This means that once you register you must either start adding VAT to you previous prices, thus reducing your competitiveness, or pay all or part of it yourself  (reducing or removing your profit but keeping the price to the customer lower than it would have been with all the VAT added).

If you customers are private individuals who can not claim back the VAT the fact that you are not eligible will be of great interest to them. However, if you do business mainly with companies and corporates who can claim back much of the VAT then they probably expect that you are registered. In fact if you are not it could put them off dealing with you.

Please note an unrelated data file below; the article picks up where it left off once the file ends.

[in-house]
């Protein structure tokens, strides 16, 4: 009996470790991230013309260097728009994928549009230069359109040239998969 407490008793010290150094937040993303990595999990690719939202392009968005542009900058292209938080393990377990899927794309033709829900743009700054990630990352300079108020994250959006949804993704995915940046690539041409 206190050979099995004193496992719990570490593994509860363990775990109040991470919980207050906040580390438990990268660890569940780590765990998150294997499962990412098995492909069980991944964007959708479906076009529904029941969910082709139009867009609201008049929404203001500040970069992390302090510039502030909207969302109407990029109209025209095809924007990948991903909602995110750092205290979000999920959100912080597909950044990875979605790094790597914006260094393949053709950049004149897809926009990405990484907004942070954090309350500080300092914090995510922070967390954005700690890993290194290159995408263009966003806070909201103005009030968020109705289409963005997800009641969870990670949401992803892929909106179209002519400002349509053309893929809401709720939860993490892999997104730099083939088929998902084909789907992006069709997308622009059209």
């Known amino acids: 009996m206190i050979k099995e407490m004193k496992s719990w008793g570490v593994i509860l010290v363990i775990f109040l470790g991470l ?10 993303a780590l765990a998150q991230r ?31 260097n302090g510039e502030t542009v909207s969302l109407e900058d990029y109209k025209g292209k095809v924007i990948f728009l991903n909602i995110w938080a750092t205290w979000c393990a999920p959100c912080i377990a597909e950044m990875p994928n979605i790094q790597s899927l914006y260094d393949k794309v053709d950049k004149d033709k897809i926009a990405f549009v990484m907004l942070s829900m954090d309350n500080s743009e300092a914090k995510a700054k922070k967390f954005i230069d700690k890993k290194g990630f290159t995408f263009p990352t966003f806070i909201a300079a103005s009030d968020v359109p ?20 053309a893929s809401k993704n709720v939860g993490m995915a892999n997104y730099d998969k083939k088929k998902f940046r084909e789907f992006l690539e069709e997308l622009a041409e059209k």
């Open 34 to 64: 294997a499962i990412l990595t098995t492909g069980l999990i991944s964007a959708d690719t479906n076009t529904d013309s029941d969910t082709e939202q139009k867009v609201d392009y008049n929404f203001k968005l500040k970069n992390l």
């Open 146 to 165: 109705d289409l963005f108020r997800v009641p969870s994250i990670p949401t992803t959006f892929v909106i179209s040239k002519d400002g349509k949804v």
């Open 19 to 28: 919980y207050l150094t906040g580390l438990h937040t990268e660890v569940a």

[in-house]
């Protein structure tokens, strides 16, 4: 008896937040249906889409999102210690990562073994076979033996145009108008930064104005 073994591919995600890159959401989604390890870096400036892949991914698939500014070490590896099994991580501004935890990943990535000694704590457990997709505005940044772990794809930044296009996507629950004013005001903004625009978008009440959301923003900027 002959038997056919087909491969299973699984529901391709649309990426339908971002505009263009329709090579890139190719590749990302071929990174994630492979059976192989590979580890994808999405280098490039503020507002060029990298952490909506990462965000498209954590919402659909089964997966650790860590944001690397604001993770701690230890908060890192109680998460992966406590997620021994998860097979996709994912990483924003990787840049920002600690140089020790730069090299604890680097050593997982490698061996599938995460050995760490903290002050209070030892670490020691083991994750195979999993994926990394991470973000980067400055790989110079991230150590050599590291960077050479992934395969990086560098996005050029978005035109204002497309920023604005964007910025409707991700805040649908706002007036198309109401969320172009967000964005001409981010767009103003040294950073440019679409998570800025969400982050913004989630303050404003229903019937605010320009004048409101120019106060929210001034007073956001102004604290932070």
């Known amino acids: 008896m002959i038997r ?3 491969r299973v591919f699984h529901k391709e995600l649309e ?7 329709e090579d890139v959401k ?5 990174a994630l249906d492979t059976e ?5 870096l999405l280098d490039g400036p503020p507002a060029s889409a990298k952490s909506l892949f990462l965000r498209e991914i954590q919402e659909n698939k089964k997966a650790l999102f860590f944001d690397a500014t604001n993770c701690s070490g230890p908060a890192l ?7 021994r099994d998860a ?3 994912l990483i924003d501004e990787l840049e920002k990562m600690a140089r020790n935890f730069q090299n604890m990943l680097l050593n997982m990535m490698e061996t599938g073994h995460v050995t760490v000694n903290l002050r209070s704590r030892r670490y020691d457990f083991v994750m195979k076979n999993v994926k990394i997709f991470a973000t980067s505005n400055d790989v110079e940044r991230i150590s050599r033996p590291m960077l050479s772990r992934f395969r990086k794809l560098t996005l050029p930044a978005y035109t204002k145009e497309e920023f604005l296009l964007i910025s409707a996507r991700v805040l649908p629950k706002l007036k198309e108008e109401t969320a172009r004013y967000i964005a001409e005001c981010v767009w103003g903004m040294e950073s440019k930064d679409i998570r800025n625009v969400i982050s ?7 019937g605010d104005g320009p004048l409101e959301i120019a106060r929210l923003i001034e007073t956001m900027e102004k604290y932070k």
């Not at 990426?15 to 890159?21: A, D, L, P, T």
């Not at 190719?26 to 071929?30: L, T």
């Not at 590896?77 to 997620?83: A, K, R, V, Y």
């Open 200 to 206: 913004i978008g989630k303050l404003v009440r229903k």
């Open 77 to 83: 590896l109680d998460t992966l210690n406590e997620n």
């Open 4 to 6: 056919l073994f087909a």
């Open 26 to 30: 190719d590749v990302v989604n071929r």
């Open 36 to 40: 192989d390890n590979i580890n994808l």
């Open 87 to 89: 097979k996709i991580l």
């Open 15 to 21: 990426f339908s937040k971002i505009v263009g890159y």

Some businesses avoid VAT eligibility by splitting the enterprise into different divisions making different individuals responsible for each. As an example an electrical contractor with a small shop may decide that for the husband (in a husband and wife partnership) should be responsible for the contracting and installation work. At the same time his wife then runs the sales of components and appliances in the shop entirely separately..

Provided neither of these two, now distinct businesses, exceed the VAT threshold they will not need to register. If you think that this could help you then ensure that you discuss it with a fully qualified accountant before setting up a structure to achieve this.

So why would anyone register for VAT if there income is below the threshold ? there are several valid reasons:

financial reports

  • To enable you to claim back the VAT on purchases.
  • Because you anticipate that your business will grow and exceed the threshold.
  • Because the type of customers that you deal with expect it.
  • Keeping in line with your competitors

Claiming back VAT